Still, the monied float eagerly
up the green canals in the swank Rondvaart cruiseboats, only to be spat
upon by an angry denim clad waif spawned by Amsterdam affluence. Still
the cafes cater to their specific devotees of whatever ideology or mood
they choose to symbolise: affluence, jazz, punk, folk, laissez-faire morality,
and so on. It's still a town of anything goes. It may yet be five years
from now, but more for the decadent than it is today.
We walked along the banks of the Goddess Nile in the area of Zamelek, home of some of Cairo’s wealthier folk, and came across an old man whose bearing suited the relatively affluent surroundings. He pointed at a strange structure moored at the water’s edge - something that may have once floated up and down the Nile. A big rectangular building like a two storey temporary home with its top floor left unfinished. This top floor had no walls; just wooden upright beams that may have once supported walls. But now the only walls upstairs were the makeshift planks banged together to serve as the old man’s home. He pointed to three heavy dinghies beside the floating building and indicated that they were his. Did we want a ride? After some bargaining through language barriers, we agreed on one Egyptian pound for one hour. He made his way down to the bank over rock and rubbish and for some unobvious reason motioned to us to get on the boat some fifty metres from where it was moored. He used the now familiar Middle Eastern gesture of thumb and index finger held together to tell us to wait until he’d moved the boat. He did and we too then descended the rocks and rubbish and when I asked if he was coming on the ride he just chuckled and pushed us off into the muddy river and climbed aboard.
After ten minutes or so of rowing it was obvious it was a strain for him and he didn’t hesitate to let us row when we offered our younger limbs. It was slow going against the strong flowing current but we made our way some few hundred metres up river until we drew opposite a boat which he informed us was a casino. We declined his offer to attend, stopped rowing, and the current carried us swiftly back to his home. The whole exercise had lasted about fifty minutes and when we proffered the agreed upon pound anyway he chuckled again, muttered something about baksheesh, and we left him in his heavy glassed spectacles to secure the boat, roll down his pants and robe, and I guess resume the role of stately old Arab passing his time on the Nile’s banks in Zamelek.
A restaurant we’d spotted from the river looked inviting but on closer inspection we saw that it was for a class not our own so we used it only as a pathway back to the road which led to the Cairo tower. Horse drawn cabs waited there and when we admired one of the horses its owner offered to make the beast work for us and take us for a ride to an address of an Arab horse stud - for free! Not quite what believing what he said, he asked us to wait in a nearby garden, followed us there and then began to show the real reason for his generosity. An opportunity to touch or be close to Hiske was what he was seeking, though he may also have been moved by feelings of kindness. We never found out. The guy turned me off and we left to ride the elevator up Cairo Tower where the first sight of the pyramids awaited us.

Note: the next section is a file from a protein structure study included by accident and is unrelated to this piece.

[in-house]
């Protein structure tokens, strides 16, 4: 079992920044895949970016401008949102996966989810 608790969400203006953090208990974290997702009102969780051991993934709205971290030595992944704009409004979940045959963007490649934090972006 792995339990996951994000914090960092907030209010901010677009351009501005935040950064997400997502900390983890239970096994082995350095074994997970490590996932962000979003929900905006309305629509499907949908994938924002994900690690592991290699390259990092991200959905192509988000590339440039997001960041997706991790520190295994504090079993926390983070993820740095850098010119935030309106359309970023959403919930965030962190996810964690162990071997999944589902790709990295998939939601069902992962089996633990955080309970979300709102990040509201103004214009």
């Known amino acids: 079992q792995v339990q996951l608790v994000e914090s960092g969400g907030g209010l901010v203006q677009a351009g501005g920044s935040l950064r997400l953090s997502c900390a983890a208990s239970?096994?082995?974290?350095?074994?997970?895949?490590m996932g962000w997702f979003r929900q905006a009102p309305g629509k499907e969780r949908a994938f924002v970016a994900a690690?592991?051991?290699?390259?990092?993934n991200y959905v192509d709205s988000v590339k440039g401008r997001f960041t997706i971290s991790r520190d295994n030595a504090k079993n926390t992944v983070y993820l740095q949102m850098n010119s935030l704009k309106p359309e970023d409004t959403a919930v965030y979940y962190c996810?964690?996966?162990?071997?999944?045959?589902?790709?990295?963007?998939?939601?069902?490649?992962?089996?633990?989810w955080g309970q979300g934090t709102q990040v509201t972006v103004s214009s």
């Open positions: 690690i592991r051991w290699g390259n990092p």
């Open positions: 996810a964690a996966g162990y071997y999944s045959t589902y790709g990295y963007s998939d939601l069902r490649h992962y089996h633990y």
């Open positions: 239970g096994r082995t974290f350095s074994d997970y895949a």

"The greatest Australian novel this year." I'd like to write the best Australian novel one year. To spend great parts of my life in a stuffy, cosy attic overlooking the sea, smoking amid copious cups of coffee - inspiration providing pearls of verbal wisdom.
Perhaps I can start today. It's Sunday. It's taken me a long time to grow used to Sundayness - that certain quality that the seventh day has that for years made me feel uncomfortable, restless, and bored with inaction. As a teenager living with my parents I was not allowed to go out on Sundays. Sundays were Mass in the morning, family affairs in the afternoon: visiting, gardening, homework, or being polite (while bored) to relatives who visited us. By evening the awesome lethargy of it all had passed and TV viewing was allowed, but it was always cut short. You know, "School tomorrow."
Sunday afternoon's still have that quality of inaction, but now it's to enjoy and appreciate; be glad to have those moments when the thoughts, happy or sad, have rein to flow through the brain and one can cull new insights from the stream of consciousness. Enjoy the mystique of the melancholia, the wondrous blur of warm thoughts at random, superimposed on family scenes of normalcy. Sometimes no connection between the thoughts, no great realisations, and no matter. It's just good to think aimlessly.
Today I wandered in this detached
mental state through Rundle Mall where the Italian festival was happening.
`Viva Italia' said the badges, and the red, white and green balloons and
flags. Dark haired heads and complexions proudly a majority today and I
warmed to it. I enjoy the fact that multicultural Australia enables its
immigrant groups to celebrate their alien cultures. As much as I enjoyed
it, I couldn't help feeling that something was lacking. Italians in Australia
are a hybrid culture. They must always be but it seems thus far that the
Mediterranean flair exhibited by these peoples' relatives still in Italy
has been dimmed by the affluence of bourgeois life in Australia.
It's silent writing time. I hear buzzing voices reading in the corridor and brains ticking over thinking, "what shall I write?" I feel I have no problems that weigh on my shoulders so there's nothing really urgent to write about. I see lines on the other side of this page. Some poor girl's punishment for being rude in class. Oh well, she had to learn the hard way, if she learned at all. Giggling in the corridor as they read articles aloud.
School Teacher #2 (1983)
I give the girls work to do which I remember hating at school. It's to do with a skill I've never used since the day I left school. I also when I was young refused to play the piano. I now wish I had been forced.....